Uranium Enrichment Facilities

The Committee has rejected the President's proposal to allow the U.S. Enrichment Corporation (USEC) to determine whether to operate both U.S. uranium enrichment facilities after FY 1995. Absent the President's proposal, the USEC would have no flexibility and would have to lease both facilities for at least six years. If a cost-benefit analysis determined that only one facility is necessary, this requirement would incur a significant cost over the next five years. The Administration urges the Senate to consider the President's proposal.

The Administration objects to a provision of the Committee bill that would provide $80 million to support atomic vapor laser isotope separation (AVLIS) research and development. The administration has proposed funding this technology only if non-Federal funding is obtained.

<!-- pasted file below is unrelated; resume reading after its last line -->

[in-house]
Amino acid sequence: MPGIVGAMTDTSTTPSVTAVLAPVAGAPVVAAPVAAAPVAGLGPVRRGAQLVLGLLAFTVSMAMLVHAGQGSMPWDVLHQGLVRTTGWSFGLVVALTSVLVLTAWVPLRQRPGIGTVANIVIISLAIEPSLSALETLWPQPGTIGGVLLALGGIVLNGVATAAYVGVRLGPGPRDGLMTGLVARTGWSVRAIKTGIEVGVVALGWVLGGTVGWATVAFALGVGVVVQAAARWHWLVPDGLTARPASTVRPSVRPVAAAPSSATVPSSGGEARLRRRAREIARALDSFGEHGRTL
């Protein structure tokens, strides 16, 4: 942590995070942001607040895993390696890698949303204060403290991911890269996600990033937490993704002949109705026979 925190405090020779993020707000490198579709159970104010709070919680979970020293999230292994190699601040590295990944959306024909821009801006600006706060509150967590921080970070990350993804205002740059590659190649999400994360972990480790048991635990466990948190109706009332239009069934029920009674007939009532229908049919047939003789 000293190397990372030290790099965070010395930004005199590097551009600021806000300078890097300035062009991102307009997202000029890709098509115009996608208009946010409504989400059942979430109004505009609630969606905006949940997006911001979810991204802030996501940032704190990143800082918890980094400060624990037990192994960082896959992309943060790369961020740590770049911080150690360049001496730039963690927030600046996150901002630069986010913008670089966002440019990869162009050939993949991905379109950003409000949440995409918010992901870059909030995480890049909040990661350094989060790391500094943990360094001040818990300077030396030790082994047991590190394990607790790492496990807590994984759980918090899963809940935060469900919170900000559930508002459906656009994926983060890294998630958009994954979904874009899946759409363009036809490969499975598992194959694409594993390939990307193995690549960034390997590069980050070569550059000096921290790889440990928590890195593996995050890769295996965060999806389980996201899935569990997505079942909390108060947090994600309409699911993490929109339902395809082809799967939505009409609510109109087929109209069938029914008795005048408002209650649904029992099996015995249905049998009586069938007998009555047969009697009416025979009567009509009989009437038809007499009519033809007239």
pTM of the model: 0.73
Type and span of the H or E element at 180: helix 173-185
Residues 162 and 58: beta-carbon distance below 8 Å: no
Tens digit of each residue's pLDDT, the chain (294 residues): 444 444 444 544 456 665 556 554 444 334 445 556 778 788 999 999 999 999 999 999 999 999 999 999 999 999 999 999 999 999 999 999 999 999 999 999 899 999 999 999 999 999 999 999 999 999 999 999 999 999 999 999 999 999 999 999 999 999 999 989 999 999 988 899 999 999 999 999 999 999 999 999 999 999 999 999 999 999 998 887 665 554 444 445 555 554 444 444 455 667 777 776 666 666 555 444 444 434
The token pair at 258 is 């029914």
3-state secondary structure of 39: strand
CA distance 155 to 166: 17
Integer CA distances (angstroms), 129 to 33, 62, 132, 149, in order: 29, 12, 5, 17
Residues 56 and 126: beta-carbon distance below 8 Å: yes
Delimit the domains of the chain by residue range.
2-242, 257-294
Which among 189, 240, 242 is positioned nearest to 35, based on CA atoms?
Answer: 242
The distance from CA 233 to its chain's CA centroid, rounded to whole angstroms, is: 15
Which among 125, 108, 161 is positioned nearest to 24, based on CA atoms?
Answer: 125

Office of the Inspector General

The Administration encourages the Senate to restore full funding for the Office of the Inspector General. This funding is necessary so that critical audit, oversight, and investigative activities can be sustained to complement the Administration's initiatives to improve the management and financial performance of the Department and its contractors.

Army Corps of Engineers/Bureau of Reclamation

The Committee has added over $350 million to the President's request for programs of the Army Corps of Engineers and the Bureau of Reclamation. Most of this increase is for unrequested construction projects and studies that the Administration does not support. The Administration would support an amendment to reduce the funding level of unrequested water projects in the Army Corps of Engineers and the Bureau of Reclamation.